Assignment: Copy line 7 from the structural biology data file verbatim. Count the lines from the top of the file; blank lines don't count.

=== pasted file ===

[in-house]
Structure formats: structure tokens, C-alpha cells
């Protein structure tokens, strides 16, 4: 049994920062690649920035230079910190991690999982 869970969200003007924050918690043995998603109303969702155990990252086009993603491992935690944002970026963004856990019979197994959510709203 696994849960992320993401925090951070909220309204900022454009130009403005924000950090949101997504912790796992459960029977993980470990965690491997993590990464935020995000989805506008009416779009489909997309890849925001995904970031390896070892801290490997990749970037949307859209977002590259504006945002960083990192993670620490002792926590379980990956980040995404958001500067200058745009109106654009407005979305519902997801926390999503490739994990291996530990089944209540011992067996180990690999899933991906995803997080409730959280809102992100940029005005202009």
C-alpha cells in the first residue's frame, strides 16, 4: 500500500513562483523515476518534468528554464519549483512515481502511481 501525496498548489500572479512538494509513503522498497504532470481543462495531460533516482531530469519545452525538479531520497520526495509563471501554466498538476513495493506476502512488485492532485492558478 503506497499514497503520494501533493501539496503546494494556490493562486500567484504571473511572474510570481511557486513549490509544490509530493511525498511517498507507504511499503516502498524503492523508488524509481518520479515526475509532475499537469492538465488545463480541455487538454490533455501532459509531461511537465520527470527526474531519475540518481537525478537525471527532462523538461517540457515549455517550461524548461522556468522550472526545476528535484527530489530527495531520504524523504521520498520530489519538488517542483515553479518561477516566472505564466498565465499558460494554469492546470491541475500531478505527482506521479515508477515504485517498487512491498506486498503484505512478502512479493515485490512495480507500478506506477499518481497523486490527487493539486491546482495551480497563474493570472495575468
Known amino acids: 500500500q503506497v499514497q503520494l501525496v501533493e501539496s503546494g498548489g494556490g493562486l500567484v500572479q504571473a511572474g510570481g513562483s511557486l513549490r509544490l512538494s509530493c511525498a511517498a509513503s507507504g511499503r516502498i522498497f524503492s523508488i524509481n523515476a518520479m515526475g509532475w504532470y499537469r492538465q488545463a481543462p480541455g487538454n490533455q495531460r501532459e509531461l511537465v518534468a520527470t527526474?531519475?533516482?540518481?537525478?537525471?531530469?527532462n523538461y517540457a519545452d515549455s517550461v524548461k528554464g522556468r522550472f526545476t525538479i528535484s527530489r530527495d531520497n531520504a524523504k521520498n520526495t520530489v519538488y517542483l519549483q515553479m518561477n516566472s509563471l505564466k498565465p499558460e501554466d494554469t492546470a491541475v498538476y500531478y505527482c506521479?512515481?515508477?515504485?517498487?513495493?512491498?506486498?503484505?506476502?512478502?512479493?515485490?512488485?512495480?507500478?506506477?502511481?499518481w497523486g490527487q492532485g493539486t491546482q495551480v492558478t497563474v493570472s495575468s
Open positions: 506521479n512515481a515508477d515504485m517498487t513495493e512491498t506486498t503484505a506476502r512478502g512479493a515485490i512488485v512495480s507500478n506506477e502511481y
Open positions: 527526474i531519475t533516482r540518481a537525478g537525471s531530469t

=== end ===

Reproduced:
Open positions: 527526474i531519475t533516482r540518481a537525478g537525471s531530469t